Clear lead glass tumbler, 4 3/4" h., engraved "I DYE 1776" , with engraved naturalistic motif, including serrated leaves and thistles, blow pipe pontil; 


Attributed to the Philadelphia Glass Works, Philadelphia, Pa., c. 1776

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Excellent overall condition with few light scratches.


Robert Saxe Collection.

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American Craftsman and the European Tradition 1620-1820; see pg. 234, Arlene Palmer, 93. Goblet, attributed to the Glass Works of H.W. Stiegel, inscrided W & E OLD, also 96. Covered Goblet, EMANUEL CARPENTER ESQ. Both attributed to the work of Lazarus Issacs


This extraordinary tumbler is attributed to  the hand of glass cutter and engraver Lazarus Issacs. Lazzarus Issacs is the earliest known glass cutter in America, a Jew, who left England and came to America in 1773, finding employment at Stiegel.Glass Works in Lancaster , Pa.. When the Stiegel factory closed in 1774, Issacs found employment again at the Philadelphia Glass Works,  The initials on the tumbler "I DYE" are thought to be Issac Dye. In the historical record for the period  we find several Issac Dyes in New Jersey, one from Sommeret County c. 1784, another from Salem County, same time period.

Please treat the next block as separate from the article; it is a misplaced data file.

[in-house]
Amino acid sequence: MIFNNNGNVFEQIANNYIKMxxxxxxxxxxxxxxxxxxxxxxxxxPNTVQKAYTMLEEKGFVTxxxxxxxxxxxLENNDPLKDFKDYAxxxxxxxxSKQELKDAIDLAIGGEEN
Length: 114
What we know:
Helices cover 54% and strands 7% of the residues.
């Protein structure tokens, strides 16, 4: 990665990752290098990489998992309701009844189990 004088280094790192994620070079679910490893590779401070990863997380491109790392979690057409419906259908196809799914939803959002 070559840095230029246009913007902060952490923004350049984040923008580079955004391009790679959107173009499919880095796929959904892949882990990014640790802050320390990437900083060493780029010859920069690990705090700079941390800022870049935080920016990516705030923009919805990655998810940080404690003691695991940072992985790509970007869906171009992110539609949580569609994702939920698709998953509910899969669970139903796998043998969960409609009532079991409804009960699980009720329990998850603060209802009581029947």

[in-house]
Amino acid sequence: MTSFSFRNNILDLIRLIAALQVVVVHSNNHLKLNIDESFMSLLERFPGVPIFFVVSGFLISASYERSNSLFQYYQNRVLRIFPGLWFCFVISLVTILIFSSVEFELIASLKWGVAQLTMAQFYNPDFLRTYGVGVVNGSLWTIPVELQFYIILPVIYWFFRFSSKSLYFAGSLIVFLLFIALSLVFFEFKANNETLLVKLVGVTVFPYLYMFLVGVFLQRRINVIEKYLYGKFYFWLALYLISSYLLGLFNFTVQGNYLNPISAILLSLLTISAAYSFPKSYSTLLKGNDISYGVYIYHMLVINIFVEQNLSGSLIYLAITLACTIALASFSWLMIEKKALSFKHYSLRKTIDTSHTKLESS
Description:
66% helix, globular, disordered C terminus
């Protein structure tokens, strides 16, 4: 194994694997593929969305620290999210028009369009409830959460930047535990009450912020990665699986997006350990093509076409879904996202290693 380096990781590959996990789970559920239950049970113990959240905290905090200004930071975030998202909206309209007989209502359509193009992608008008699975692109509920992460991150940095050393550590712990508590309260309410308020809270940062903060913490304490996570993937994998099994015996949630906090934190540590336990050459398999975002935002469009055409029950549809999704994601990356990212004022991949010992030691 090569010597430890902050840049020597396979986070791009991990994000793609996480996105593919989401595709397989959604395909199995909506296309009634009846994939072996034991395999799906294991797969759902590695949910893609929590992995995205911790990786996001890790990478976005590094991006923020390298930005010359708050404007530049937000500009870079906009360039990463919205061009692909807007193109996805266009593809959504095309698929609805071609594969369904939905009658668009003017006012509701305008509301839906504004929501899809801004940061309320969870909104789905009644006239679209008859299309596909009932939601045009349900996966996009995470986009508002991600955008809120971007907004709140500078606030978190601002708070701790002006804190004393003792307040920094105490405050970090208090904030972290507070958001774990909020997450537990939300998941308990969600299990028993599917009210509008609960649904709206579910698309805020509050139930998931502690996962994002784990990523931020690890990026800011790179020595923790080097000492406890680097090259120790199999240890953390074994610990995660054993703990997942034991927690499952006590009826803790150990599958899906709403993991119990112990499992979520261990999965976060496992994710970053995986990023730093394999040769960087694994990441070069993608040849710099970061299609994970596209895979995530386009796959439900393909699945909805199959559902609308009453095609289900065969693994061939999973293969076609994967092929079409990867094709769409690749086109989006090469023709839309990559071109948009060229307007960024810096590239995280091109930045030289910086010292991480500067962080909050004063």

This tumbler is thought to have been blown and engraved in Philadelphia in the year 1776 by Lazarus Issacs. The Philadelphia Glass works was one of two glass factories open in the year 1776 and the only factory to make high style English lead glass , The Philadelphia Glass Works, a predominately English tradition glass factory, doused its fires in 1777 when the British occupied Philadelphia. There is no other period American engraved piece of glass that i know of with the date 1776. Stylistically speaking, the engraving on the I DYE tumbler reveals a strong similarity in both conception and execution to both the W&E OLD goblet, and CARPENTER covered goblet! All three examples share a similar flowering style, like the serrated leaves and thistles on the Old goblet, and all three are engraved in the English ,not German tradition. However, the letters are all identical, like large triangular serifs on the horizontal elements of the E's , and compare the D in OLD to the D in DYE, it is the same hand. In regard to the pontil used here, this is a sophisticated lead glass tumbler where you will usually encounter a glass tippet scar, like on English glass. But this tumbler, with tremendous base wear has the only blow pipe pontil scar I have ever seen on a piece of lead glass, especially one made in the high style of English Glass. So what are the chances of anything dated 1776 being legitimate? What ever the odds, it is truly a remote possibility, but there is always one in a million and this is it ; authentic dated 1776 period tumbler attributed to Lazarus Issacs, Philadelphia Glass Works.